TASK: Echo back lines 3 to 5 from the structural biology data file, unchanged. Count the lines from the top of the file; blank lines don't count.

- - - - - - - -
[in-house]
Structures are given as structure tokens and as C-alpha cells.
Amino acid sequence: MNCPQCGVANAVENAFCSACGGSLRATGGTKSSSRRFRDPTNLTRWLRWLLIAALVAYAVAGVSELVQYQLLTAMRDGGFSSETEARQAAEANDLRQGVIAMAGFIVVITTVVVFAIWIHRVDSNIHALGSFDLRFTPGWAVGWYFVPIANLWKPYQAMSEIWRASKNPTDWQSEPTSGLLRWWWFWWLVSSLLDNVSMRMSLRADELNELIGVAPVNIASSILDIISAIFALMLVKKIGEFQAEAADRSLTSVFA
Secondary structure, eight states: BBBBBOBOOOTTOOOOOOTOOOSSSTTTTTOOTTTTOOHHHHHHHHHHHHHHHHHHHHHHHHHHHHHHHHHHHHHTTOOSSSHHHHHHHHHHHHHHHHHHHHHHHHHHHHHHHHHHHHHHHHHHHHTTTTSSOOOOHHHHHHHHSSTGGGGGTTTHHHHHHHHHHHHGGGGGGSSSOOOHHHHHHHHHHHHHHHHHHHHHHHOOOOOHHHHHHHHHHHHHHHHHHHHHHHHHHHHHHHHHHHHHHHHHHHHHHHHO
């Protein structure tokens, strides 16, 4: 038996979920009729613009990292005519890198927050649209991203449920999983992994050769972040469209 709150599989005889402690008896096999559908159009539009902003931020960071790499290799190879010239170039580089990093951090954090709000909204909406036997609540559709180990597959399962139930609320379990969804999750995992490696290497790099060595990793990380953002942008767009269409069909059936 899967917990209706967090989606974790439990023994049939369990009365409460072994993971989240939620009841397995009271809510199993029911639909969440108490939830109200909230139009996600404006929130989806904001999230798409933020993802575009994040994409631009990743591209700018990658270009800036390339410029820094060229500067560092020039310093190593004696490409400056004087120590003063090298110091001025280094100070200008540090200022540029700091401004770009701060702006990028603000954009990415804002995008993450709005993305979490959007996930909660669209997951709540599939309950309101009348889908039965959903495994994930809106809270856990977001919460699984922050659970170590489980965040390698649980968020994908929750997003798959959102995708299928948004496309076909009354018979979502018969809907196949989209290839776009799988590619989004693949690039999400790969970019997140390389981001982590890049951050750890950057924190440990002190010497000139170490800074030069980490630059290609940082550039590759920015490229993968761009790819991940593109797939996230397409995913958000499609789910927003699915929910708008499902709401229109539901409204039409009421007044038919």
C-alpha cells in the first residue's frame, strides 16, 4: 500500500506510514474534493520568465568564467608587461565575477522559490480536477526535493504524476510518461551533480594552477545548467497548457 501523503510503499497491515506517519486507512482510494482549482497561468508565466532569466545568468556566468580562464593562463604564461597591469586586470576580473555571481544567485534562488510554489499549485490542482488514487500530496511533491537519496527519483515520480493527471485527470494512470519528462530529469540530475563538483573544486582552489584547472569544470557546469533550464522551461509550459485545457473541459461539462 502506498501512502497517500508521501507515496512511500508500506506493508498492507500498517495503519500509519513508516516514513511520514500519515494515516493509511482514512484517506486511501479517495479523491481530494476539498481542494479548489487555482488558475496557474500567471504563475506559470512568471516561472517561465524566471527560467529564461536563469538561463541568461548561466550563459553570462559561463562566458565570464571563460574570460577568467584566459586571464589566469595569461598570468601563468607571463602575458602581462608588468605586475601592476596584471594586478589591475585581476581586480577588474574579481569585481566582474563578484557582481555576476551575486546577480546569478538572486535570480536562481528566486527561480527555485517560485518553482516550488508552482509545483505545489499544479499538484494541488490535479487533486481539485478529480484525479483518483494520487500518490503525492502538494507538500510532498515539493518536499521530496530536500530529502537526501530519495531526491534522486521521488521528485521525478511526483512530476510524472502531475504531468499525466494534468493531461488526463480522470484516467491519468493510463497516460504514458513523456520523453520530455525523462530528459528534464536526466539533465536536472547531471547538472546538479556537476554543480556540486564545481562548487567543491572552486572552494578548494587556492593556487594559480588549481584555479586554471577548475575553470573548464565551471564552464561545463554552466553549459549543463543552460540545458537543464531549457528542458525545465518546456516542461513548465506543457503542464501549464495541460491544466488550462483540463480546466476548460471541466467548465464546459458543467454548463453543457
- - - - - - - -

Amino acid sequence: MNCPQCGVANAVENAFCSACGGSLRATGGTKSSSRRFRDPTNLTRWLRWLLIAALVAYAVAGVSELVQYQLLTAMRDGGFSSETEARQAAEANDLRQGVIAMAGFIVVITTVVVFAIWIHRVDSNIHALGSFDLRFTPGWAVGWYFVPIANLWKPYQAMSEIWRASKNPTDWQSEPTSGLLRWWWFWWLVSSLLDNVSMRMSLRADELNELIGVAPVNIASSILDIISAIFALMLVKKIGEFQAEAADRSLTSVFA
Secondary structure, eight states: BBBBBOBOOOTTOOOOOOTOOOSSSTTTTTOOTTTTOOHHHHHHHHHHHHHHHHHHHHHHHHHHHHHHHHHHHHHTTOOSSSHHHHHHHHHHHHHHHHHHHHHHHHHHHHHHHHHHHHHHHHHHHHTTTTSSOOOOHHHHHHHHSSTGGGGGTTTHHHHHHHHHHHHGGGGGGSSSOOOHHHHHHHHHHHHHHHHHHHHHHHOOOOOHHHHHHHHHHHHHHHHHHHHHHHHHHHHHHHHHHHHHHHHHHHHHHHHO
């Protein structure tokens, strides 16, 4: 038996979920009729613009990292005519890198927050649209991203449920999983992994050769972040469209 709150599989005889402690008896096999559908159009539009902003931020960071790499290799190879010239170039580089990093951090954090709000909204909406036997609540559709180990597959399962139930609320379990969804999750995992490696290497790099060595990793990380953002942008767009269409069909059936 899967917990209706967090989606974790439990023994049939369990009365409460072994993971989240939620009841397995009271809510199993029911639909969440108490939830109200909230139009996600404006929130989806904001999230798409933020993802575009994040994409631009990743591209700018990658270009800036390339410029820094060229500067560092020039310093190593004696490409400056004087120590003063090298110091001025280094100070200008540090200022540029700091401004770009701060702006990028603000954009990415804002995008993450709005993305979490959007996930909660669209997951709540599939309950309101009348889908039965959903495994994930809106809270856990977001919460699984922050659970170590489980965040390698649980968020994908929750997003798959959102995708299928948004496309076909009354018979979502018969809907196949989209290839776009799988590619989004693949690039999400790969970019997140390389981001982590890049951050750890950057924190440990002190010497000139170490800074030069980490630059290609940082550039590759920015490229993968761009790819991940593109797939996230397409995913958000499609789910927003699915929910708008499902709401229109539901409204039409009421007044038919």